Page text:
Times change, and with them there is a change of customs, institutions, and ideas. But worldliness does not change. The fruits of the flesh do not change. The carnal heart unrenewed by the grace of God, does not lose any of its carnality; pride, love of money, the thirst for power, are the same now that they always have been. The only way in which there can be any real growth toward a better state is through the substitution of the works of the Spirit for the works of the flesh, which can be done only through the power of the gospel.PTUK October 26, 1893, page 469.1

    Christian people are apparently very slow to learn the great truth that the only road to a better life lies through death. There is nothing of all that which fell under the dominion of sin, that can be reserved to a future life, or that can be changed over to suit the conditions of life with God. All must die, all must pass away. The new birth comes only through death to self, and the new birth comes only through the destruction of the old. The apostle John declares that “the world passeth away, and the lust thereof,” and Peter tells us that the world of to-day has long been reserved under fire against the day of wrath and perdition of the ungodly.PTUK October 26, 1893, page 469.2

    The question, therefore, whether the world is growing better or not is not one of any moment to us, for so far as spiritual things are concerned, the world can no more grow better than the leopard can change his spots, or the Ethiopian his skin. But the point is one in regard to which a great many good people are deceived. The world does not seem to them quite too bad to be reformed, and they are continually in hopes of seeing some wonderful transformation take place, which will usher in the millennium. A great many of the worlds leading men,-kings, emperors and zealous ecclesiastics, have tried to usher in the millennium, and the same thing is being attempted by men and women to-day. And in perfect keeping with such Biblical and spiritual ignorance is the short-sighted means by which they hope to accomplish their aim,-the ballot box and legislative enactments. But the millennium will never come in that way. It will never be brought about by the efforts of man for the reformation of the world. It will never come as a result of the world’s growing better.PTUK October 26, 1893, page 469.3

    People who are looking to see how much faster the world is growing better, with a view to determining the nearness of the millennium, are entirely off the track, and liable to be fatally misled. The truth is, as Mr. Moody has expressed it, that the development of the kingdoms of light and of darkness are going on side by side. Men are being gathered out and converted by the Gospel, and its opposers, on the other hand, are waxing worse and worse. But God’s purposes in the world will be accomplished; the mystery of godliness will be finished; and then will be ushered in the long-looked-for millennium, but not, as people have expected, upon the world rejoicing in an era of universal goodness, prosperity and peace; but a world desolated by sin and evil, all prepared for its final destruction by the fire to which it has been reserved.PTUK October 26, 1893, page 469.4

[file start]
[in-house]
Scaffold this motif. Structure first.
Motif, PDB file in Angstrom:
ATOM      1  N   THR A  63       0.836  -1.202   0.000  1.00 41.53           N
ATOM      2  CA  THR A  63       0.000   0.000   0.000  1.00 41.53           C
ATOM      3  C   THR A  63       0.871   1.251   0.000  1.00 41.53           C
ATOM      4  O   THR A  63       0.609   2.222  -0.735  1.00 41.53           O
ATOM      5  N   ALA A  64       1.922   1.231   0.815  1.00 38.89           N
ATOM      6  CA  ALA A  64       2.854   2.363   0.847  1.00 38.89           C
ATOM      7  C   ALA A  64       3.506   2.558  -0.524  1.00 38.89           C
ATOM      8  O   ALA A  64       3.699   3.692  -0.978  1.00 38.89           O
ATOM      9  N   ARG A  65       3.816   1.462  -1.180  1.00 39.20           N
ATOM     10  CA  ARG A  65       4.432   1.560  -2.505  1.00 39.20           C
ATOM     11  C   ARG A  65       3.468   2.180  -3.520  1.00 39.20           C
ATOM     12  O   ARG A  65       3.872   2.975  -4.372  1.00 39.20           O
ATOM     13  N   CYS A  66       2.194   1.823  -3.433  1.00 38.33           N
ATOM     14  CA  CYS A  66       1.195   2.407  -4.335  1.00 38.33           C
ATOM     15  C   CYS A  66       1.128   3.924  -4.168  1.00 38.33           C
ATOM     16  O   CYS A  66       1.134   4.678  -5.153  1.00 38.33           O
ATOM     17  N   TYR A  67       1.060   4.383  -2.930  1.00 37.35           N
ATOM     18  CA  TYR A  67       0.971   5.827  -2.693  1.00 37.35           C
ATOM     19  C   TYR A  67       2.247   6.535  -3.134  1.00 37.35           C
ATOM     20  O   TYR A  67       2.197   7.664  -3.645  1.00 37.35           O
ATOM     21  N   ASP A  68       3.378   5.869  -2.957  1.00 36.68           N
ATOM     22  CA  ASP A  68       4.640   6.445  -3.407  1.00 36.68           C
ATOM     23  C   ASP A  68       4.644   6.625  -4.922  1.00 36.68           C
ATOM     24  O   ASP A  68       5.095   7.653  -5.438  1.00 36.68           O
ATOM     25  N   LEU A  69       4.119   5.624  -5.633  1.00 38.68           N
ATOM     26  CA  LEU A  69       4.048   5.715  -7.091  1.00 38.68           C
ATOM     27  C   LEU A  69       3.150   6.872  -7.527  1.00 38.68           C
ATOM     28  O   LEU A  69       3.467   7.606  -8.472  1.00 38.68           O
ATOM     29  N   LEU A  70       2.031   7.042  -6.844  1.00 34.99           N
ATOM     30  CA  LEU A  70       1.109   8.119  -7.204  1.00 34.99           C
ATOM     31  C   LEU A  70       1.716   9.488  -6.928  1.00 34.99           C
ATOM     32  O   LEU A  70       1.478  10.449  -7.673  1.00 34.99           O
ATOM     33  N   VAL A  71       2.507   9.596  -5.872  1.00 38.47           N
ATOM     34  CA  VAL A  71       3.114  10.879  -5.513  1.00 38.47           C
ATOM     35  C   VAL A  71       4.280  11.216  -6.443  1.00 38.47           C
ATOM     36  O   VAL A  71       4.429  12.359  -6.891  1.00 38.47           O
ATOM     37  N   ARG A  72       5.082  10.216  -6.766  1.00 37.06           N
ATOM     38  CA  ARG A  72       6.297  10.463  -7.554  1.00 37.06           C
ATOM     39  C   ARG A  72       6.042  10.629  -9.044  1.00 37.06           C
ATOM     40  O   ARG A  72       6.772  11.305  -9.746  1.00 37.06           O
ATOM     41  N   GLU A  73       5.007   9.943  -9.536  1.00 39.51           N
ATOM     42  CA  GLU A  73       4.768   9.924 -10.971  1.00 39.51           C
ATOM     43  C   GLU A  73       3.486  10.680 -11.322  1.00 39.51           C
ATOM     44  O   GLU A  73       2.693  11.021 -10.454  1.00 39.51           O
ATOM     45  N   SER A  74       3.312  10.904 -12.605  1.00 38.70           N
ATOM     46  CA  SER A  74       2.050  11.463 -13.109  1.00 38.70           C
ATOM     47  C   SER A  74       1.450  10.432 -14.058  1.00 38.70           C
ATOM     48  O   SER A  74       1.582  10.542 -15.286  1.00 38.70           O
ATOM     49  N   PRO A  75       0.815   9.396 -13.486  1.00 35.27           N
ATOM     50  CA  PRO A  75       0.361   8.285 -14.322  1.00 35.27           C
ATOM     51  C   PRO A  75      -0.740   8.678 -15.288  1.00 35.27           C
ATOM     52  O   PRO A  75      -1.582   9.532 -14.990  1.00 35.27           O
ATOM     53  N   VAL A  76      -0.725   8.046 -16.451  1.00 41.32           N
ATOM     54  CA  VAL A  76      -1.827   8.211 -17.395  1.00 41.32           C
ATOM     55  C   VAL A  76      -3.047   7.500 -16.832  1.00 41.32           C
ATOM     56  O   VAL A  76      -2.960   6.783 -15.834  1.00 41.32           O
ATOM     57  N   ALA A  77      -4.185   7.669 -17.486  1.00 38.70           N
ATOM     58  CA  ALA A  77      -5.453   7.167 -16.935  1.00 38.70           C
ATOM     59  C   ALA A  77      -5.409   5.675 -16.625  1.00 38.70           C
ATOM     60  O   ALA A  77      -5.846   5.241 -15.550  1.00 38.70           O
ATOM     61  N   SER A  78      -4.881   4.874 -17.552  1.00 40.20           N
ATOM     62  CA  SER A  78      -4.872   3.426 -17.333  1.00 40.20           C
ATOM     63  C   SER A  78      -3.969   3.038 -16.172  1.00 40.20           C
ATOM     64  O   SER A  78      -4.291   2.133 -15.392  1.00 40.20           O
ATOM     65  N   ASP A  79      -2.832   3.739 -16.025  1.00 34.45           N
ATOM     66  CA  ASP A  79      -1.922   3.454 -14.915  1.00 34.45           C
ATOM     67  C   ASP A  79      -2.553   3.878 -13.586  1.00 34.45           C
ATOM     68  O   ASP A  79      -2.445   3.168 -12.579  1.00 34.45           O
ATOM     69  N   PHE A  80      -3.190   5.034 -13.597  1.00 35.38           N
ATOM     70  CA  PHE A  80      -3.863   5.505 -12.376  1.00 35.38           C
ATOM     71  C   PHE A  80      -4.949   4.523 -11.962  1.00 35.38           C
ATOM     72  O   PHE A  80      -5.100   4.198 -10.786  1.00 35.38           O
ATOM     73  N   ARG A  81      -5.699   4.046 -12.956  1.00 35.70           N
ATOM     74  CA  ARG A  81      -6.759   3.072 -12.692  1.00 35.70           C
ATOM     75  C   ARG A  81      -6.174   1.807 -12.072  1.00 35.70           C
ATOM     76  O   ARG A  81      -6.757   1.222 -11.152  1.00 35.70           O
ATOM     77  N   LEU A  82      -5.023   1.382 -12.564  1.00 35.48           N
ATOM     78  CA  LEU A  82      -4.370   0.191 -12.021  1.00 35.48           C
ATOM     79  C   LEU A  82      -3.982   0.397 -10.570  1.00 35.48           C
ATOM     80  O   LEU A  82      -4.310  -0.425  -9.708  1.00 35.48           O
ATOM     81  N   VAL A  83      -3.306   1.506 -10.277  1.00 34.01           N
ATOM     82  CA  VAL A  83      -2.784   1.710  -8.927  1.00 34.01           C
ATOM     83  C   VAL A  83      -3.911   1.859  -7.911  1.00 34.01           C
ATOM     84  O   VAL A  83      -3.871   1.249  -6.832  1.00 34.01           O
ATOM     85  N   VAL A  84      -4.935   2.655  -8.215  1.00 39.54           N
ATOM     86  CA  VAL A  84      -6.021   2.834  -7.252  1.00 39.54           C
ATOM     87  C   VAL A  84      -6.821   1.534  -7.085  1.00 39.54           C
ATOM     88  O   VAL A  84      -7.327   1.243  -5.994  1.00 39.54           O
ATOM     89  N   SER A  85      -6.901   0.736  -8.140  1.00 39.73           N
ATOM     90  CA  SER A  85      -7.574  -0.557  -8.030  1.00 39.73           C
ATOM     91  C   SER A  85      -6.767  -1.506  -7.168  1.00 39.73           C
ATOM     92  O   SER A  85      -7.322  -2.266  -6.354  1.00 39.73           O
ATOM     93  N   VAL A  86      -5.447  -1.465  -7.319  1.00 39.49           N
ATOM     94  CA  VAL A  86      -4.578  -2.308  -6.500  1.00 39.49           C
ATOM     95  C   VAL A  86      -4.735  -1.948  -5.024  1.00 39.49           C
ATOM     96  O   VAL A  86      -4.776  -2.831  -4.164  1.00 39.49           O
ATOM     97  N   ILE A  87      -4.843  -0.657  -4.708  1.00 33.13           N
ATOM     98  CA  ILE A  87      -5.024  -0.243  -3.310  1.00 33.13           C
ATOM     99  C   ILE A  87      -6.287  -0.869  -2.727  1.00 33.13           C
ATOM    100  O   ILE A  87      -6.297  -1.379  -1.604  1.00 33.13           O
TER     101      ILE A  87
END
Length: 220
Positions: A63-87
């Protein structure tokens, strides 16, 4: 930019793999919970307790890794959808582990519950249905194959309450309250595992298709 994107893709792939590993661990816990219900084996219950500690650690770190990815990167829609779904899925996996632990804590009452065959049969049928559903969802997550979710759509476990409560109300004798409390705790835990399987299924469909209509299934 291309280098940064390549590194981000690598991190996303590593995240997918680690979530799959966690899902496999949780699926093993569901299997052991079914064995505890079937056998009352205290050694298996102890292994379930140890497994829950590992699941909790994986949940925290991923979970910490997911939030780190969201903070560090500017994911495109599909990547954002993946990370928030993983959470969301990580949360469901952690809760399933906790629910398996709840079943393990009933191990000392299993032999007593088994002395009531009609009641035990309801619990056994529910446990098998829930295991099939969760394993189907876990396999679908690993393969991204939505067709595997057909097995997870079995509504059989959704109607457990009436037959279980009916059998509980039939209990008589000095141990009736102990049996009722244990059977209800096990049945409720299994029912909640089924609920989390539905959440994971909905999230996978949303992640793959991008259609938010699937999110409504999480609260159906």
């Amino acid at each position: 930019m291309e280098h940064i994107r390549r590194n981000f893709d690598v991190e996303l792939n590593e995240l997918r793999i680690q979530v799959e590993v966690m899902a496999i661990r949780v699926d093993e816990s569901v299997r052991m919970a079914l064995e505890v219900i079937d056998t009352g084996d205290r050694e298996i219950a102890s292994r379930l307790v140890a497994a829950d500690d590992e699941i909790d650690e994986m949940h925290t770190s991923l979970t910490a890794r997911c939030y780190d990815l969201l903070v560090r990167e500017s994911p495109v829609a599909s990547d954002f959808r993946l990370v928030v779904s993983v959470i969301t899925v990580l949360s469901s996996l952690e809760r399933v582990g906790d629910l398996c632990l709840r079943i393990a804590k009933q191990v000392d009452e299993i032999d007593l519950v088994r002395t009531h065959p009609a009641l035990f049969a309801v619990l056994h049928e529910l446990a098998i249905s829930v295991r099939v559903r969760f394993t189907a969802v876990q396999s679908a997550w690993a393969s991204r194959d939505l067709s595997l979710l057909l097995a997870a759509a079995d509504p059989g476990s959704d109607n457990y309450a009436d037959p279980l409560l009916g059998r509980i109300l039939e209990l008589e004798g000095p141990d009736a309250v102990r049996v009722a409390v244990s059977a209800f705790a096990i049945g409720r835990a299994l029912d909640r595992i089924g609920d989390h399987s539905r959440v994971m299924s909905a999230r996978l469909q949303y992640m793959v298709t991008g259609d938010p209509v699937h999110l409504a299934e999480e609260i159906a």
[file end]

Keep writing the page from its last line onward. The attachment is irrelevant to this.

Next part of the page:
The conflict between sin and righteousness, good and evil, will not go on for ever. It will terminate, in the day when a people shall have been gathered from every nation, and kindred, and tongue, prepared to stand without fault before the throne of God, and to inhabit that new earth which shall arise from the ashes of the old. The conflict will deepen as it nears the end. The efforts of Satan to overthrow that which is good and to establish his kingdom of sin and rebellion against God will become more fierce and determined. We are told that “in the last days perilous times shall come; for men shall be lovers of their own selves, covetous, boasters, proud, blasphemers, disobedient to parents, unthankful, unholy,” and so on through a long catalogue of sins (2 Timothy 3:1-5), and the prophet John tells us that he heard a voice from heaven saying, “Woe to the inhabiters of the earth and of the sea! for the devil is come down unto you, having great wrath, because he knoweth that he hath but a short time.” Revelation 12:10-12. When the devil knows that his time is short, that the conflict is near its end, he only becomes more furious than before, and in the climax of his fury, the end comes. It is cut short by the appearing of Christ in the clouds of heaven, “in flaming fire taking vengeance on them that know not God and that obey not the Gospel” (2 Thessalonians 1:7, 8), and sending forth His angels “with a great sound of a trumpet,” to “gather together His elect, from the four winds, from one end of heaven unto the other.” Matthew 24:30, 31. The righteous dead will be raised, and together with the living servants of God will be taken to heaven, to reign with Christ a thousand years. 1 Thessalonians 4:16, 17; Revelation 20:4. This is the millennium, and this is the manner of its ushering in.PTUK October 26, 1893, page 469.5